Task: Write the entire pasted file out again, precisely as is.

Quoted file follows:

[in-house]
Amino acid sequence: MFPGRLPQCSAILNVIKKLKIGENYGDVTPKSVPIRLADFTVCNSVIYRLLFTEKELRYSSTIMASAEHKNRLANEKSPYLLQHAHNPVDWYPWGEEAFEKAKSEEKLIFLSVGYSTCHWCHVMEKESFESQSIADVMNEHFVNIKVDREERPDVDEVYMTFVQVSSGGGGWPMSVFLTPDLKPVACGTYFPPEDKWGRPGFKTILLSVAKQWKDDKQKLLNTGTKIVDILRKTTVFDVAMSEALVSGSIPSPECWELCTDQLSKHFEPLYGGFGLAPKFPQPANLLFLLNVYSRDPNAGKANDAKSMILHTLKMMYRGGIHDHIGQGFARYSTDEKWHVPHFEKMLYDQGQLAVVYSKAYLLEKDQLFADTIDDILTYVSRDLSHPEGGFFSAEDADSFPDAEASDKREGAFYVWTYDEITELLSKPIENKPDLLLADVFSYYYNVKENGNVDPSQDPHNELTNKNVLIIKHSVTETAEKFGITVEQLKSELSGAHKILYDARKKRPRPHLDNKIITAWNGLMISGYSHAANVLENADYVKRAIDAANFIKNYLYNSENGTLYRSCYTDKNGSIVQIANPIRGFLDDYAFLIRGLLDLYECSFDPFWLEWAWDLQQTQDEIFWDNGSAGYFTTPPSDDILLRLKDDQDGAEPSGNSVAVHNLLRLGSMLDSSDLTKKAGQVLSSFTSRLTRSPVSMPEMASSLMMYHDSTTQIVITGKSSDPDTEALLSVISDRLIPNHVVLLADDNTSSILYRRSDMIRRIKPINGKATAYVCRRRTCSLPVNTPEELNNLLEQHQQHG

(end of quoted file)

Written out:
[in-house]
Amino acid sequence: MFPGRLPQCSAILNVIKKLKIGENYGDVTPKSVPIRLADFTVCNSVIYRLLFTEKELRYSSTIMASAEHKNRLANEKSPYLLQHAHNPVDWYPWGEEAFEKAKSEEKLIFLSVGYSTCHWCHVMEKESFESQSIADVMNEHFVNIKVDREERPDVDEVYMTFVQVSSGGGGWPMSVFLTPDLKPVACGTYFPPEDKWGRPGFKTILLSVAKQWKDDKQKLLNTGTKIVDILRKTTVFDVAMSEALVSGSIPSPECWELCTDQLSKHFEPLYGGFGLAPKFPQPANLLFLLNVYSRDPNAGKANDAKSMILHTLKMMYRGGIHDHIGQGFARYSTDEKWHVPHFEKMLYDQGQLAVVYSKAYLLEKDQLFADTIDDILTYVSRDLSHPEGGFFSAEDADSFPDAEASDKREGAFYVWTYDEITELLSKPIENKPDLLLADVFSYYYNVKENGNVDPSQDPHNELTNKNVLIIKHSVTETAEKFGITVEQLKSELSGAHKILYDARKKRPRPHLDNKIITAWNGLMISGYSHAANVLENADYVKRAIDAANFIKNYLYNSENGTLYRSCYTDKNGSIVQIANPIRGFLDDYAFLIRGLLDLYECSFDPFWLEWAWDLQQTQDEIFWDNGSAGYFTTPPSDDILLRLKDDQDGAEPSGNSVAVHNLLRLGSMLDSSDLTKKAGQVLSSFTSRLTRSPVSMPEMASSLMMYHDSTTQIVITGKSSDPDTEALLSVISDRLIPNHVVLLADDNTSSILYRRSDMIRRIKPINGKATAYVCRRRTCSLPVNTPEELNNLLEQHQQHG